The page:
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Getting through the first few weeks

If you have been recently diagnosed with breast cancer, it’s likely that this will dominate your thoughts and conversations over the next few weeks.

No matter how you’re feeling, try not to overwhelm yourself. Try to remember that most women survive breast cancer and that you are not alone.

If you are feeling like breast cancer is dominating your every thought, try some of the following strategies:

  • Be kind to yourself. There can be a lot of uncertainty and anxiety, especially while you are waiting for test results to come back. 
  • Talk to your doctor if your usual relaxation techniques don’t work.
  • Give yourself a ‘cancer free’ weekend with a partner or friend and do something you both enjoy.
  • If updating family and friends is getting you down, pop a message on your answering machine or social media account to let them know how you’re going. You can even use BCNA's online network if you want to share your information with loved ones that way.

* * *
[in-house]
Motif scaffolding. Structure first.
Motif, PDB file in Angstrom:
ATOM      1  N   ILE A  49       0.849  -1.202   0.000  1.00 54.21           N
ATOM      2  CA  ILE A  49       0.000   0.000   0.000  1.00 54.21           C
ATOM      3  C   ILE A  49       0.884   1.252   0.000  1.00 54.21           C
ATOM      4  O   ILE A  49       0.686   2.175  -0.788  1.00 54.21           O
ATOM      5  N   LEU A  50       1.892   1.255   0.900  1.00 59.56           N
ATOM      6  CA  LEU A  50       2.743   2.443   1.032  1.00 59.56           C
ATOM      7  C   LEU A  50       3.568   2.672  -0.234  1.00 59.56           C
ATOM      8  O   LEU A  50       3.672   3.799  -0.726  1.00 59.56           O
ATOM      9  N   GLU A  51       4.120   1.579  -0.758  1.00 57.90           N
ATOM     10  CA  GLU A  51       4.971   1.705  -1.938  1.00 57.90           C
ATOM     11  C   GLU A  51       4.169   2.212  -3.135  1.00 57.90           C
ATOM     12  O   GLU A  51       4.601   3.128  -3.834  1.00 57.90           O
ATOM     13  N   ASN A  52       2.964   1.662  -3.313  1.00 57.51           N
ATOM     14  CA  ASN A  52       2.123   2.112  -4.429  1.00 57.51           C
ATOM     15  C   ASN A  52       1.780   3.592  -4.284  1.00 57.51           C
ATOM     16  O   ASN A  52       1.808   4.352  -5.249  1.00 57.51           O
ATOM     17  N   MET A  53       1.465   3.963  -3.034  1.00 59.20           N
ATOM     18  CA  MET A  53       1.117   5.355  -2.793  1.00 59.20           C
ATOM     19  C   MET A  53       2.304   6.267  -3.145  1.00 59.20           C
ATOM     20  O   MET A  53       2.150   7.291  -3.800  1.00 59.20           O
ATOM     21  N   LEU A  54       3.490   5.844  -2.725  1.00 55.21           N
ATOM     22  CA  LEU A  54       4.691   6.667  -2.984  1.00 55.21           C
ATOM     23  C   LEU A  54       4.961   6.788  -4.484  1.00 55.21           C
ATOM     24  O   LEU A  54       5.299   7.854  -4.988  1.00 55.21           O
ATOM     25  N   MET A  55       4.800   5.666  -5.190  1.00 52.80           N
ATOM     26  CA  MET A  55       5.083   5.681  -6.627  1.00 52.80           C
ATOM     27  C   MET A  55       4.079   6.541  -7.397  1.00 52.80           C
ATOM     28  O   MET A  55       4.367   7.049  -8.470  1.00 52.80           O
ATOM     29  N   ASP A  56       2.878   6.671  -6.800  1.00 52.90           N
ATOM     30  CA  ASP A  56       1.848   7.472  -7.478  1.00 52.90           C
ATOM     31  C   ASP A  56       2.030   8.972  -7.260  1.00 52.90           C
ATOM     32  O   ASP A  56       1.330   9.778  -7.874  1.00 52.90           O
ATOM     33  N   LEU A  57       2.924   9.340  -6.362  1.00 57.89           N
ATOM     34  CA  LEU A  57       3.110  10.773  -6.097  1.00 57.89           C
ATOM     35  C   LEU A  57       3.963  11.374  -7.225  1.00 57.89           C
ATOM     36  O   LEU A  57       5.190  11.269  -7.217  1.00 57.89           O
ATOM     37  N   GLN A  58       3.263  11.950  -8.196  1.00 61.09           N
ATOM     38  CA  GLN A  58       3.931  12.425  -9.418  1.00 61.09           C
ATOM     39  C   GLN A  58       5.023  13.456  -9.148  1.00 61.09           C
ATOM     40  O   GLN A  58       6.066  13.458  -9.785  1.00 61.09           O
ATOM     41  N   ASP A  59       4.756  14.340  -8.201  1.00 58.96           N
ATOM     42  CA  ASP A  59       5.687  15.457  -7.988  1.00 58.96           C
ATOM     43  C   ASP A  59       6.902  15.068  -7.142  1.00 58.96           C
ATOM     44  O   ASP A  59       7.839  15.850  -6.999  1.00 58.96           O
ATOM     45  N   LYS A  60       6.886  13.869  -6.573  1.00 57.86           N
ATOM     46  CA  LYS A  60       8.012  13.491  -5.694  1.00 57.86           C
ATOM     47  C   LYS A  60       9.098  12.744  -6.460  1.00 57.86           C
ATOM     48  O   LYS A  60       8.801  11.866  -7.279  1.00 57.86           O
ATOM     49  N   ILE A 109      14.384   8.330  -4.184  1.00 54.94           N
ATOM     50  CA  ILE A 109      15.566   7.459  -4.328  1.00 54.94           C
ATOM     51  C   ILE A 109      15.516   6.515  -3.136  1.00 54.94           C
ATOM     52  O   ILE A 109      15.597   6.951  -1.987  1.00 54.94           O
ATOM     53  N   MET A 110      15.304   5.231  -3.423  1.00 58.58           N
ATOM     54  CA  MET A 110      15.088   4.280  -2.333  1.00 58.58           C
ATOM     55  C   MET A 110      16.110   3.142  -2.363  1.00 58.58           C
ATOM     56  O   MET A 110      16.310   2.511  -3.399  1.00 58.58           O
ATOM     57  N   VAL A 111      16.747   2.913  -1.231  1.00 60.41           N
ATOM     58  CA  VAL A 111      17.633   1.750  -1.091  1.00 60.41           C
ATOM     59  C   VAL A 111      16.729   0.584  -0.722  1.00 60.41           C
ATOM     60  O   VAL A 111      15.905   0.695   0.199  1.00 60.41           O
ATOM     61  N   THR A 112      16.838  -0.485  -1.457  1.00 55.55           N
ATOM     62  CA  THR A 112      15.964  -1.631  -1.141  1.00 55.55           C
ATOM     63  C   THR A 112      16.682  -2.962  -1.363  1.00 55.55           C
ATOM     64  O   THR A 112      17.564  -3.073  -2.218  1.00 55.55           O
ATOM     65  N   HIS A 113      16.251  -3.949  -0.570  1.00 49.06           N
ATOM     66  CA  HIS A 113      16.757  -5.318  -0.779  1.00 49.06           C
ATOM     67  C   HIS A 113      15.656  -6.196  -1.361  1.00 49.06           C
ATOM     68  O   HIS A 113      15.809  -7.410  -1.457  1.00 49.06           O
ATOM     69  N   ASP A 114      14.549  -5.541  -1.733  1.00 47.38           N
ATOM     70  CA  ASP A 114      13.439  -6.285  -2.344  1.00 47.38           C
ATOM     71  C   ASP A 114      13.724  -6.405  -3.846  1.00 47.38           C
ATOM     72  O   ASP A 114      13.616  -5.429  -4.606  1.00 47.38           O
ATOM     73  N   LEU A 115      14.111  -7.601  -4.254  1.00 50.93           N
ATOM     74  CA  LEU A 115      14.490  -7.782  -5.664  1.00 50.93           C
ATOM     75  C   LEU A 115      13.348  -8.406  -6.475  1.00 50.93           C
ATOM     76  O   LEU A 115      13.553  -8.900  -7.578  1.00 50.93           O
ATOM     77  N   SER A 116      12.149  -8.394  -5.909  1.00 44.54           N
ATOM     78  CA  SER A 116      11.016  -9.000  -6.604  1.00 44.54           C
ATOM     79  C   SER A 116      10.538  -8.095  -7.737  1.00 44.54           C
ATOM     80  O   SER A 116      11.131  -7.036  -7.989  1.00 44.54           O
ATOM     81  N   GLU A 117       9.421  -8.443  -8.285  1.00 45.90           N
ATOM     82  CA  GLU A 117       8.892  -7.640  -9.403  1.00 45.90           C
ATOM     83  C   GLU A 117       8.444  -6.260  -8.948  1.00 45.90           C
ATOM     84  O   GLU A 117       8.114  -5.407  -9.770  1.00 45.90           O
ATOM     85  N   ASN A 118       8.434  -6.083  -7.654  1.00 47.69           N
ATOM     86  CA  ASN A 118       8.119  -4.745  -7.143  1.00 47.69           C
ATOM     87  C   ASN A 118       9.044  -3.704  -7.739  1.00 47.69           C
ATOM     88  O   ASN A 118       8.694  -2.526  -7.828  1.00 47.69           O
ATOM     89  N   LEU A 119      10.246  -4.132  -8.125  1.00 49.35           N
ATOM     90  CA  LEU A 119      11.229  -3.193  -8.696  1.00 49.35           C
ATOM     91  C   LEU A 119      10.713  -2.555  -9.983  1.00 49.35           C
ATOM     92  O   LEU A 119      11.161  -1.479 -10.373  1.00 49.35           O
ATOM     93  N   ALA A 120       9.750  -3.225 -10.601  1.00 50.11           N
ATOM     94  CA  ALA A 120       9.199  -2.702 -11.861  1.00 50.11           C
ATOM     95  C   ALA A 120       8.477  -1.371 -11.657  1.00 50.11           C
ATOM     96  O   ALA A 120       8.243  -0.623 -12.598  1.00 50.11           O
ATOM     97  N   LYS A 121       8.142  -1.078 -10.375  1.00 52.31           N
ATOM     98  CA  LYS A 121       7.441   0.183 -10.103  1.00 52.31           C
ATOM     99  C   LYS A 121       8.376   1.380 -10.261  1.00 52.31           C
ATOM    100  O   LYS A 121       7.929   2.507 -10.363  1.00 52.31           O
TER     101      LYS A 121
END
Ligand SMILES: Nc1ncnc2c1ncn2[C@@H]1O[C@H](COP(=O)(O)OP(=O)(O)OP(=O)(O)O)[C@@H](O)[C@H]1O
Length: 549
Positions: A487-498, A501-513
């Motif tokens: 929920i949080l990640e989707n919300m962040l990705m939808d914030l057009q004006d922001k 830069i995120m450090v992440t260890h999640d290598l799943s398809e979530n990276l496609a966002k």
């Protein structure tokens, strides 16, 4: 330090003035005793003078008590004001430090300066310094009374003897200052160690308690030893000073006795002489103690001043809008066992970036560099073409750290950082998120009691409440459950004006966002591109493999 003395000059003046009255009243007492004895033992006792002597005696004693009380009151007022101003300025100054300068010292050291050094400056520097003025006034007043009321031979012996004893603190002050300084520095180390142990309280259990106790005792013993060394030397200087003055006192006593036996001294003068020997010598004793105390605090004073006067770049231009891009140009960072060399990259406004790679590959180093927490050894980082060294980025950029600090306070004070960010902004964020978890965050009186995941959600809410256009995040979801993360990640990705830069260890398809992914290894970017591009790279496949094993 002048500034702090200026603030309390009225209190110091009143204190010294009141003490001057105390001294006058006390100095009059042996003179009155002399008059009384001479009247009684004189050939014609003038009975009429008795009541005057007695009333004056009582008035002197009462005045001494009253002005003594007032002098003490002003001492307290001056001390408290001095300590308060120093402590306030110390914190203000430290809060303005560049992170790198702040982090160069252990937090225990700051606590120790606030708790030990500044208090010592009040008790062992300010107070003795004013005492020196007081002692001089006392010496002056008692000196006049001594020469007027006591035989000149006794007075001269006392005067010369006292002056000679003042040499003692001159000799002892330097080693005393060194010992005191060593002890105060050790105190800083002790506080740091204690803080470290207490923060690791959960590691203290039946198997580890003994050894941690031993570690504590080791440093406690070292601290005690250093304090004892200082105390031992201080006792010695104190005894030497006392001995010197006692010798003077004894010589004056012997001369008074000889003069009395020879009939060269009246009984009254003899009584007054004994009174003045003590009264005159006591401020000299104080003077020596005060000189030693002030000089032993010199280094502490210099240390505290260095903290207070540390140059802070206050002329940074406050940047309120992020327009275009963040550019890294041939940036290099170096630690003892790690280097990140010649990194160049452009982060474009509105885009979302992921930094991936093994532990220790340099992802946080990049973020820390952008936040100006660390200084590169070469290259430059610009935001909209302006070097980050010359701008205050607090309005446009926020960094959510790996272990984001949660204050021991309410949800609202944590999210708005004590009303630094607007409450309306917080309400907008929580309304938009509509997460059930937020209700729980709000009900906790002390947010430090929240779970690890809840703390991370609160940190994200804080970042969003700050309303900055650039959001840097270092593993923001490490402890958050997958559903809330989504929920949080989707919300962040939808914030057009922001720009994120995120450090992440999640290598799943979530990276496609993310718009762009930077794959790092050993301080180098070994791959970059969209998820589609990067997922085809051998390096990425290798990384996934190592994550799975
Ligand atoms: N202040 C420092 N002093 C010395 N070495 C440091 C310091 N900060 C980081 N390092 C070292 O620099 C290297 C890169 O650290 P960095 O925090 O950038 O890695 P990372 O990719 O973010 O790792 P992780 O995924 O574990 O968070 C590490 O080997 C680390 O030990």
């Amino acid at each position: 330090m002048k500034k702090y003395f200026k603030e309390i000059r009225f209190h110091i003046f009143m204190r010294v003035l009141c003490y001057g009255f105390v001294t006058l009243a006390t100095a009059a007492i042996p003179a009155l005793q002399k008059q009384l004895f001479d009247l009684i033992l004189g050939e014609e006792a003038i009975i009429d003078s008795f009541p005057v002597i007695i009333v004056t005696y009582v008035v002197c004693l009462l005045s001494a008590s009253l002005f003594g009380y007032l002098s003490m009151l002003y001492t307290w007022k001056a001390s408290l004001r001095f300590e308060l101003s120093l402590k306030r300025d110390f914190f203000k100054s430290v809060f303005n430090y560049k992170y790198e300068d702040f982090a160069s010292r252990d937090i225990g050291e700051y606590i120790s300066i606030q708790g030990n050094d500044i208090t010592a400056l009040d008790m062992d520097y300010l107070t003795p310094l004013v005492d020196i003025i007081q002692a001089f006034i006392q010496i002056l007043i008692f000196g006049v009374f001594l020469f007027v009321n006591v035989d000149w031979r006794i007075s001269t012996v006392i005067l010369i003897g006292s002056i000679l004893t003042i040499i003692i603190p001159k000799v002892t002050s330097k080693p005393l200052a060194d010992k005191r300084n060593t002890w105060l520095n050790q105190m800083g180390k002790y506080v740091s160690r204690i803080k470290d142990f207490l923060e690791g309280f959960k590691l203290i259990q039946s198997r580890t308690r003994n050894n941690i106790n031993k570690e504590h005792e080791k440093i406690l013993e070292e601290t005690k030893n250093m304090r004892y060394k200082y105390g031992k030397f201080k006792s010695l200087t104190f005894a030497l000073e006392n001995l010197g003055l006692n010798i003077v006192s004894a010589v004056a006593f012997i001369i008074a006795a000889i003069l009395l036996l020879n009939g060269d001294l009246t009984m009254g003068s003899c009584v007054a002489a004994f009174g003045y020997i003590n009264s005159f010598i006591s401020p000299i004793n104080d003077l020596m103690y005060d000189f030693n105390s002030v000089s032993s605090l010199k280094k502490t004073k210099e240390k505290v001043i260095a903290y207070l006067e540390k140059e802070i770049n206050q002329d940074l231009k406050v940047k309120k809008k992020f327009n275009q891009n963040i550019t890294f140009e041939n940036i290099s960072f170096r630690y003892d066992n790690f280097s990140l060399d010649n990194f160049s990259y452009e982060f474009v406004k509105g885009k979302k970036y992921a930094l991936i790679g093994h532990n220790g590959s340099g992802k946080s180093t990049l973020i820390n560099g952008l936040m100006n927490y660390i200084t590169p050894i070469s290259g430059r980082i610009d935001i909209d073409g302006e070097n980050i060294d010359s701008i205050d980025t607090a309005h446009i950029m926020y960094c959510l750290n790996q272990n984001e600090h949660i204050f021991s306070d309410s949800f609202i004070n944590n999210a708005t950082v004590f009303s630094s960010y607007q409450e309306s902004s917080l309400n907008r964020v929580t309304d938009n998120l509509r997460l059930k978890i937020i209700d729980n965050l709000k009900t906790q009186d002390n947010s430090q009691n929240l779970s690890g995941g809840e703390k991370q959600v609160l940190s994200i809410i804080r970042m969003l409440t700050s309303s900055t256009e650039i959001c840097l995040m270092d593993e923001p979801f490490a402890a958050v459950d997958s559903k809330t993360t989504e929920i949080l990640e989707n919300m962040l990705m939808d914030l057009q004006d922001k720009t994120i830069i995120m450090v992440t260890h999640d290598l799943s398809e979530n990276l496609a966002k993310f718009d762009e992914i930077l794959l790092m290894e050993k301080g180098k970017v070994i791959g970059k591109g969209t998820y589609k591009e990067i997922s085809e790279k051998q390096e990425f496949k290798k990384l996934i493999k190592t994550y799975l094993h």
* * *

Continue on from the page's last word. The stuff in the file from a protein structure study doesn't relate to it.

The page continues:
• Take advantage of the support that is offered to you. Lean on family and friends if you want to, or think about getting professional support from a qualified counsellor or psychologist. Your GP can refer you to someone appropriate.
  • If you want to talk to someone who has experienced breast cancer, visit BCNA’s online network.

Shared experience

Find out what other Australian women have had to say about their experiences of connecting with others and the effects that breast cancer can have on family and friends. In the videos below, women who have experienced breast cancer share their insights into what helped them feel supported.

Finding reliable breast cancer information on the internet

If you have been newly diagnosed, you may wish to look online for information to help support you during this time. While there is good quality, reliable information on the internet, there is also information that may be unhelpful, inaccurate and scary.

BCNA’s fact sheet, Beware Dr Google: A guide to reliable breast cancer information on the internet is designed to help you find good quality information on the internet. It contains a list of reliable Australian and international websites. The fact sheet also discusses what is available on each website, and the electronic version contains links to useful sections.

Please remember that not all of the information you read will be relevant to you and your specific diagnosis. If you have any questions about your diagnosis or about the information you read, please talk to a member of your treatment team.

More information